From Victoria Williamson (award-winning Scottish author of the Fox and the White Gazelle and The Boy with the Butterfly Mind) comes a thrilling new adventure story with delightfully diverse disability representation.
Set on a remote Scottish island, War of the Wind introduces us to a cast of characters with additional support needs. It is simultaneously a page-turning eco-thriller about government testing gone wrong and a heart-warming celebration of our differences. I spoke with Victoria about War of the Wind, read on to find out more!
Have you always wanted to be a writer?
I’ve wanted to be a writer ever since I was five years old! My parents took my brothers and me to the library every week when we were young, and stories were a huge part of my childhood. My mother used to read to us every night, putting on voices for all of the characters, from Bilbo Baggins and Winnie the Pooh, to Mr Toad from Wind in the Willows and Miss Trunchbull from Matilda. It was like going to the theatre every night, and it made sure there were never any arguments about bedtime, as we were always keen to get to bed to hear the next chapter! Although my father wasn’t keen on reading aloud, he played another important role in my love of books, which was reading a huge amount himself, and talking to me about books all the time. I learned from him that books weren’t just for children, and that reading could be an adult hobby and a lifelong passion.
Please tell us a little bit your journey as an author?
I started writing almost as soon as I learned to hold a pencil, although my first attempts at stories were barely-legible scrawls in small booklets made of folded paper stapled together. I’ve kept a few of these early ‘books’, which are mostly fan fiction retellings of my favourite cartoons, novels and TV shows. I wrote for fun all the way through school, and started writing my first proper novel when I was eighteen. It took me five whole years to finish, and although it (along with some other early novels) will never see the light of day, it was an important milestone in my journey to becoming a published author years later. I think many people see a finished novel on a bookshop shelf and think ‘I could do that, I just need to find time to sit down and get the words out’, which is a bit funny, as they’d never think of playing in the Albert Hall after fiddling about with a violin for a few months! I made the mistake of thinking that a writing career would be easy and inevitable when I was younger because I wrote so much and had been told by teachers that I had a good imagination, but I didn’t anticipate the amount of hard work involved in developing narrative arcs, story pacing and plotting skills. I think if I could go back now and give my younger self some publishing advice, it would be to stop daydreaming and start writing, as ideas are the easy bit, it’s the putting words down on a page after day that requires a lot of effort!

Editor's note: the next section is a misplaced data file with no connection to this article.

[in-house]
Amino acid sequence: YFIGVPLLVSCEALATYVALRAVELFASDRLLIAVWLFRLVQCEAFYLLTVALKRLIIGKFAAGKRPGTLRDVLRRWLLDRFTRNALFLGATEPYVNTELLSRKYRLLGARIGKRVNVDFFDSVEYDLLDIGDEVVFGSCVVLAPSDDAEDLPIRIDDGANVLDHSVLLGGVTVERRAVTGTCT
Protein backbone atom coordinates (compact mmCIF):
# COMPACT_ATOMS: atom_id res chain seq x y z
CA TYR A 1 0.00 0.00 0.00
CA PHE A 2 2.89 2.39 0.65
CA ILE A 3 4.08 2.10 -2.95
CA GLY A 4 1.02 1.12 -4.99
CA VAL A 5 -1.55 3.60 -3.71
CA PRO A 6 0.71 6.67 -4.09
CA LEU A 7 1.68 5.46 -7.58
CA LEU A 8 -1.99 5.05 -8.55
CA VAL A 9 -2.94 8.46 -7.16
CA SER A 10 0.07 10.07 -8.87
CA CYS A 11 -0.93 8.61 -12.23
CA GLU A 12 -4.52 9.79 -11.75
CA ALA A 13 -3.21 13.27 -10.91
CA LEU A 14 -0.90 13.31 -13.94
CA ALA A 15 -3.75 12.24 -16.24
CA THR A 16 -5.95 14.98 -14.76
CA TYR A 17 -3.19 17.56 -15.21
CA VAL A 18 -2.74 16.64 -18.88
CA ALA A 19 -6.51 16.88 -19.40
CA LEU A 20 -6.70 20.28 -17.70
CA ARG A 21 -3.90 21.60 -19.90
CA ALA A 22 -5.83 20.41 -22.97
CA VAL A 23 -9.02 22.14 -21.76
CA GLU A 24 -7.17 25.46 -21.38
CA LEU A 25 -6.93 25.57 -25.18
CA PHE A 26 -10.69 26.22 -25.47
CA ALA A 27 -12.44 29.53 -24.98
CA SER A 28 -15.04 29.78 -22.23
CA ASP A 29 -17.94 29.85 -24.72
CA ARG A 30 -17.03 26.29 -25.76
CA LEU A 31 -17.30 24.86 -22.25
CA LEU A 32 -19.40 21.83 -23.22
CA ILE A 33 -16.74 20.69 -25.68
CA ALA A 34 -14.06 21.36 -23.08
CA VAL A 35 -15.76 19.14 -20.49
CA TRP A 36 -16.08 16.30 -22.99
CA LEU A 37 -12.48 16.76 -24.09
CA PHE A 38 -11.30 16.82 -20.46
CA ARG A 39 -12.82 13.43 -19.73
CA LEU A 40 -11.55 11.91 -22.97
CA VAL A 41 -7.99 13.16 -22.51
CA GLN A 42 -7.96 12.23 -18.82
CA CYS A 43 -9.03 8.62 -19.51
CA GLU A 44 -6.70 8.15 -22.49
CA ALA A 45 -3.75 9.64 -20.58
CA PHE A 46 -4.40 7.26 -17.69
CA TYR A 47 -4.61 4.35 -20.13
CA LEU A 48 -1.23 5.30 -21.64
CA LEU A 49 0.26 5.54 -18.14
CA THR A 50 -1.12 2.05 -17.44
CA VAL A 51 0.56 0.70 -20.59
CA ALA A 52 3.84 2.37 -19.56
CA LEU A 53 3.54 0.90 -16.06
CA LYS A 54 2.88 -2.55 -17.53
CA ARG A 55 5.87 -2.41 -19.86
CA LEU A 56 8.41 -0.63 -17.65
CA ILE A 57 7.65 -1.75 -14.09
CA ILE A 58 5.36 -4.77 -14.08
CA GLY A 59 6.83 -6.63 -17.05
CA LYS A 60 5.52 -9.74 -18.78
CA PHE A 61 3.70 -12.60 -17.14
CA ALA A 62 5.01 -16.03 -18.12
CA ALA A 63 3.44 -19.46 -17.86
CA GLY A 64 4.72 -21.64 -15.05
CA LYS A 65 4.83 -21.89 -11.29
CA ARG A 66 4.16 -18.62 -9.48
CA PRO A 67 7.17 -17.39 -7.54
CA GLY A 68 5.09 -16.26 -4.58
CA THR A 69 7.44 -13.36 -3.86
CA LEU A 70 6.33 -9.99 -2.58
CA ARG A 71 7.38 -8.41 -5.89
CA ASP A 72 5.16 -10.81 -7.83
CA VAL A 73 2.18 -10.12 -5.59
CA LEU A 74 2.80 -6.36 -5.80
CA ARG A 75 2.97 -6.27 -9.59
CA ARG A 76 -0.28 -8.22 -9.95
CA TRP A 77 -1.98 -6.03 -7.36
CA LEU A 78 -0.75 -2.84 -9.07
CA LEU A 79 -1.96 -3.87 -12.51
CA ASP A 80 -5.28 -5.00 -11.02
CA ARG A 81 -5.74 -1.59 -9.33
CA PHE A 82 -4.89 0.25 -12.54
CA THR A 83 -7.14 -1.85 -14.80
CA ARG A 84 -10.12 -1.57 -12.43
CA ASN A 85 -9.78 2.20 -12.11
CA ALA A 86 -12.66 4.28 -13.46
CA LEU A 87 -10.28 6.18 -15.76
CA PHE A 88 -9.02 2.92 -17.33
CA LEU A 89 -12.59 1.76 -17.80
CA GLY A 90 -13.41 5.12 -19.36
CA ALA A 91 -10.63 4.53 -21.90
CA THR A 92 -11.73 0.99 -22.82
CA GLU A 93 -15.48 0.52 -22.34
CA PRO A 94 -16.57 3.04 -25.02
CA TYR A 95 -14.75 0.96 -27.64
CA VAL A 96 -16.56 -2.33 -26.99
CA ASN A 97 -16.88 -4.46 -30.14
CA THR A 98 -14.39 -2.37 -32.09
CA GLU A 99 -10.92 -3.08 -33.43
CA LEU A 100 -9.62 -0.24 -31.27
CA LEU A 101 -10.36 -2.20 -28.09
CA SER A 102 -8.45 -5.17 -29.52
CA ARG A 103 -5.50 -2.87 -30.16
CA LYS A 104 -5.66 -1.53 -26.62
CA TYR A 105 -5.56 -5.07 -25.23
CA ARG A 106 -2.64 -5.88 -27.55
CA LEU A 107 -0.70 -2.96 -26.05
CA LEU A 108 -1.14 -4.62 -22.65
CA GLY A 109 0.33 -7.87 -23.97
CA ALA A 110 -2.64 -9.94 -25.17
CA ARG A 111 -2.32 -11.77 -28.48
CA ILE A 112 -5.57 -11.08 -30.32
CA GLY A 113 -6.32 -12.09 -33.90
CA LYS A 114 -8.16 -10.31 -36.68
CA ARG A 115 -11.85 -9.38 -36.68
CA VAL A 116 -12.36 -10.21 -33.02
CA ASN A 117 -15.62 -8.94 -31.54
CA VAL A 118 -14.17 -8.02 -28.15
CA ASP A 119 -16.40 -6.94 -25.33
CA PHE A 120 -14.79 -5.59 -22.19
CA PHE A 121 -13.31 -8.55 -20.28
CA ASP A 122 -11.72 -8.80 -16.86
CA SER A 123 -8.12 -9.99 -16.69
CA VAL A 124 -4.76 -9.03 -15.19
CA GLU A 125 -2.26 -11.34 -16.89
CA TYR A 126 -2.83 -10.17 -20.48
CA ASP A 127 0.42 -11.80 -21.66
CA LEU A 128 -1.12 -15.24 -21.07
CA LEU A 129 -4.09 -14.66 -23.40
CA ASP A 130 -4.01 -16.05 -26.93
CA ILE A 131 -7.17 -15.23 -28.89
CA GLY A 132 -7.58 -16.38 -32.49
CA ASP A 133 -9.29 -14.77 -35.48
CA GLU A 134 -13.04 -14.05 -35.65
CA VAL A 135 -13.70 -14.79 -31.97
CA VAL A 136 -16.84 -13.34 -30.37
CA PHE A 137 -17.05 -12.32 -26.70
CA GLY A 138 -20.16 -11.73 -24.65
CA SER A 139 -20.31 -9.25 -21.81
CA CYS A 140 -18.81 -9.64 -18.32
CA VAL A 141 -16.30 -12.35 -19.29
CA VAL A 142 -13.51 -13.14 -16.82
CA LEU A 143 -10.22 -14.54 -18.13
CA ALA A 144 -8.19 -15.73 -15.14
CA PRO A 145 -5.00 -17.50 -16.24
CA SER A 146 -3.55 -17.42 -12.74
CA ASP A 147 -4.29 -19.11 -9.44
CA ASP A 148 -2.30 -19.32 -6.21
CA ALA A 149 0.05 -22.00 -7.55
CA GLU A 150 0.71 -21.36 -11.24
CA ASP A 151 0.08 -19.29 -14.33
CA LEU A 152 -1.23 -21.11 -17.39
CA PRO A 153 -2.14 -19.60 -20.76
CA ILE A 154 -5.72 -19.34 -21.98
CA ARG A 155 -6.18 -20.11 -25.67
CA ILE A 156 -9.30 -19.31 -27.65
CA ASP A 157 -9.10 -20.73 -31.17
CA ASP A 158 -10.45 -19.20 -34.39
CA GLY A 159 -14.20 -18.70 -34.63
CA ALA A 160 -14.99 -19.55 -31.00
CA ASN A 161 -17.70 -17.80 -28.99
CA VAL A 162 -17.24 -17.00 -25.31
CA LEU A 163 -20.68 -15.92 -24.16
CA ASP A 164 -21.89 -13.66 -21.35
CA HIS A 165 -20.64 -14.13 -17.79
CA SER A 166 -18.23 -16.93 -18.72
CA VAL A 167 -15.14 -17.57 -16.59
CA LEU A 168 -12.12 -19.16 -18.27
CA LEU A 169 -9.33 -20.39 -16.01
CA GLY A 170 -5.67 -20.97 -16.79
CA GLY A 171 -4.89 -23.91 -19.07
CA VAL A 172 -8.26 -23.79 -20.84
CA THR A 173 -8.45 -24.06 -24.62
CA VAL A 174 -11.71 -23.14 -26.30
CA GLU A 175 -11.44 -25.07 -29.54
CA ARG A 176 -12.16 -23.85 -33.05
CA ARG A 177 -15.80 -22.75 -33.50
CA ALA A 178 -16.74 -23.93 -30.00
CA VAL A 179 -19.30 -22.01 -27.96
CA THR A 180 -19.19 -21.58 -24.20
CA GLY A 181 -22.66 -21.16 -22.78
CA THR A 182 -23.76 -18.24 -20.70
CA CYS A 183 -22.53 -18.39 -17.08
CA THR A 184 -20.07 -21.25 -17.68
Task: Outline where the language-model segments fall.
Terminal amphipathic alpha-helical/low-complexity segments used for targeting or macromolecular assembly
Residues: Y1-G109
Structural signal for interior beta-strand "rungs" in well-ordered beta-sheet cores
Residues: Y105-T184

What inspired you to write War of the Wind?